During a seminar at the Muslim Council of Elders' pavilion at the Cairo International Book Fair Dr. Nahla Al-Saidi: "Islam is a Call for Human Freedom and Dignity" Dr. Rabie Al-Ghafir: "Islam Honored Humanity in a Way Unmatched by Human Law or Constitution"

The Muslim Council of Elders' pavilion at the Cairo International Book Fair hosted its seventh seminar titled "Islam and the Principles of Human Rights," featuring Prof. Dr. Nahla Al-Saidi, Advisor to the Grand Imam for International Student Affairs, and Prof. Dr. Rabie Al-Ghafir, a professor at the Faculty of Islamic and Arabic Studies. The seminar was moderated by Dr. Reda Abdelsalam, the Head of the Quran Radio Network.

Dr. Nahla Al-Saidi stated during the seminar that Islam came to elevate the value of humanity and preserve its rights. In Islam, humans are honored in themselves and in their essence. She emphasized that Islam is a call for human freedom and dignity, preceding all international organizations in endorsing human rights. Islam established a framework to protect individual, family, and societal rights. Dr. Nahla urged raising awareness about the human rights principles outlined in the Quran, such as justice, freedom, equality, with a special focus on the rights of the vulnerable and that Islam equalized all people and made piety and righteous deeds the criteria for distinction.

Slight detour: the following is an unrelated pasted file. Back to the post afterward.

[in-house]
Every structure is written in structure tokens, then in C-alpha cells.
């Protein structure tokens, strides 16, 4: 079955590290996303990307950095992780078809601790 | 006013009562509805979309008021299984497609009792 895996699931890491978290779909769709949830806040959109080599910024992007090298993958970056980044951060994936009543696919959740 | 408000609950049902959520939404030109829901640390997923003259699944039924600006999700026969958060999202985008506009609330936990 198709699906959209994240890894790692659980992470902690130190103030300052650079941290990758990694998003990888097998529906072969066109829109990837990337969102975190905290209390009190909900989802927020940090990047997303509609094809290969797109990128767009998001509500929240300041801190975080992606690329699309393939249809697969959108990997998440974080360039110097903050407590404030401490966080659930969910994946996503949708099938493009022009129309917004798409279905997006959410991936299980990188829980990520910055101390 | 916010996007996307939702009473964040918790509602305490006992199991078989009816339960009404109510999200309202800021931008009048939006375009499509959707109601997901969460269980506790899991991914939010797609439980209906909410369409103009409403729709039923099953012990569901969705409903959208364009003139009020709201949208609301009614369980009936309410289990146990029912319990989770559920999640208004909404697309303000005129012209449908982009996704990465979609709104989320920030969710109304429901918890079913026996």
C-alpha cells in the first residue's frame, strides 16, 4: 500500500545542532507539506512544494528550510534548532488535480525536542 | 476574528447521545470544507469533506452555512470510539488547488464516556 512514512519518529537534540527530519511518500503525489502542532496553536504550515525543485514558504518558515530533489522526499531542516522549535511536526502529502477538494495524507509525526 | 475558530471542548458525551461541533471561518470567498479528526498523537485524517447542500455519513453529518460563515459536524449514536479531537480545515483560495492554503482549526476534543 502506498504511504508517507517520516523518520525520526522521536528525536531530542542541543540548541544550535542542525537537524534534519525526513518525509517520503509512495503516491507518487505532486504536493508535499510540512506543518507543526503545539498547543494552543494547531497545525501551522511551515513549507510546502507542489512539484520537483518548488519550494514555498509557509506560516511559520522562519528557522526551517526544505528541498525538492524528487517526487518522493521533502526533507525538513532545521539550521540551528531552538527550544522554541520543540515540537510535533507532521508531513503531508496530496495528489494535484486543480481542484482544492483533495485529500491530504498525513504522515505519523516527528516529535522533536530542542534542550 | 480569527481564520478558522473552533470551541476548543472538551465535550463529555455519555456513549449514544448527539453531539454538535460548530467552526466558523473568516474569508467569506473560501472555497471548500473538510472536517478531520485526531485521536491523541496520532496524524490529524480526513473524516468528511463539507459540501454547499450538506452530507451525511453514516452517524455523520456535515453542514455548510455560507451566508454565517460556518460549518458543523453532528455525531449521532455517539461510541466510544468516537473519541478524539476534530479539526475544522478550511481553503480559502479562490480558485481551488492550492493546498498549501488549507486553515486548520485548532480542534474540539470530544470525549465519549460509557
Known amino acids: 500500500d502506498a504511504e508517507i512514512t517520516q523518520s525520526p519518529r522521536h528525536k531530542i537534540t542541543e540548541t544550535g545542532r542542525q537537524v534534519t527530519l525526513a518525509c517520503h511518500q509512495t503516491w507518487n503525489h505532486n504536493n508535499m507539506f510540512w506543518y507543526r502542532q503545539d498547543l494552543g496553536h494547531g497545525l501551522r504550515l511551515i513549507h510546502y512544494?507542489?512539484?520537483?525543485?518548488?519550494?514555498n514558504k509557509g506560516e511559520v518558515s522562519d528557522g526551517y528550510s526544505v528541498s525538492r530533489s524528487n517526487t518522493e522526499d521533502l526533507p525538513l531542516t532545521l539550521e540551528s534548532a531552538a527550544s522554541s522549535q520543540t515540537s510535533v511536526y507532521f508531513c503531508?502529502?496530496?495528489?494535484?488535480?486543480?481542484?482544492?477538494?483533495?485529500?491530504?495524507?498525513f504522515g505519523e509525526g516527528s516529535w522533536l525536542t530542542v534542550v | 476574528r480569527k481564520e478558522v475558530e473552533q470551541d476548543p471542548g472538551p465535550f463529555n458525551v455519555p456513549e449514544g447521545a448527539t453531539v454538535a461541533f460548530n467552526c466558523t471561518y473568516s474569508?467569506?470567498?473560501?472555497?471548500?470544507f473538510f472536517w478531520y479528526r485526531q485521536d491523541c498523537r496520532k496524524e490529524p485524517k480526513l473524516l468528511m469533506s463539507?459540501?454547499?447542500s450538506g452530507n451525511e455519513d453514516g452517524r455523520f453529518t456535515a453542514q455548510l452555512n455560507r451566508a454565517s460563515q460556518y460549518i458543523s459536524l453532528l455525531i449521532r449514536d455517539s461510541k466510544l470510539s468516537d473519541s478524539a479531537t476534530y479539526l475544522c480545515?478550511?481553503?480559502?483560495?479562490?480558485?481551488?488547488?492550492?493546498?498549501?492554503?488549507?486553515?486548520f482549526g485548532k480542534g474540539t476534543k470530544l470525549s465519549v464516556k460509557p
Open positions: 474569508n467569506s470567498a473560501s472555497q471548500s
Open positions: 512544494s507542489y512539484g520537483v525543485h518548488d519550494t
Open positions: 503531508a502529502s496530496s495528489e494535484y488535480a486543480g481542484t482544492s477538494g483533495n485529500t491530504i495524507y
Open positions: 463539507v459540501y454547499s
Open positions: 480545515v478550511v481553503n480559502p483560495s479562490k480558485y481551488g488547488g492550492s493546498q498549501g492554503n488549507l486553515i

Dr. Rabie Al-Ghafir added that Islam honored humanity in a way that no law or constitution had throughout history. Islam considered humans as Allah's creation, crafted by His hands, with a soul breathed into them, angels prostrating to them. Islam guaranteed the rights of life, security, freedom, ownership, and enjoyment of good things, making humans the masters of this universe. He also highlighted that Islam erected a robust barrier to protect human rights and criminalized any violation. Islam also forbade killing, imposing severe punishment for it, and prohibited any form of aggression against human life and it condemned the intimidation and violation of the right to security since Muslims are forbidden from terrorizing others even in a joking manner.

The Muslim Council of Elders' pavilion at the Cairo International Book Fair features a diverse collection of publications, along with a series of seminars, activities, and events focused on promoting the values of peace and mutual coexistence among all humanity.

The pavilion is located alongside the Al-Azhar pavilion in Hall 4 at the Egypt International Exhibition and Conference Center in the Fifth Settlement in Cairo.



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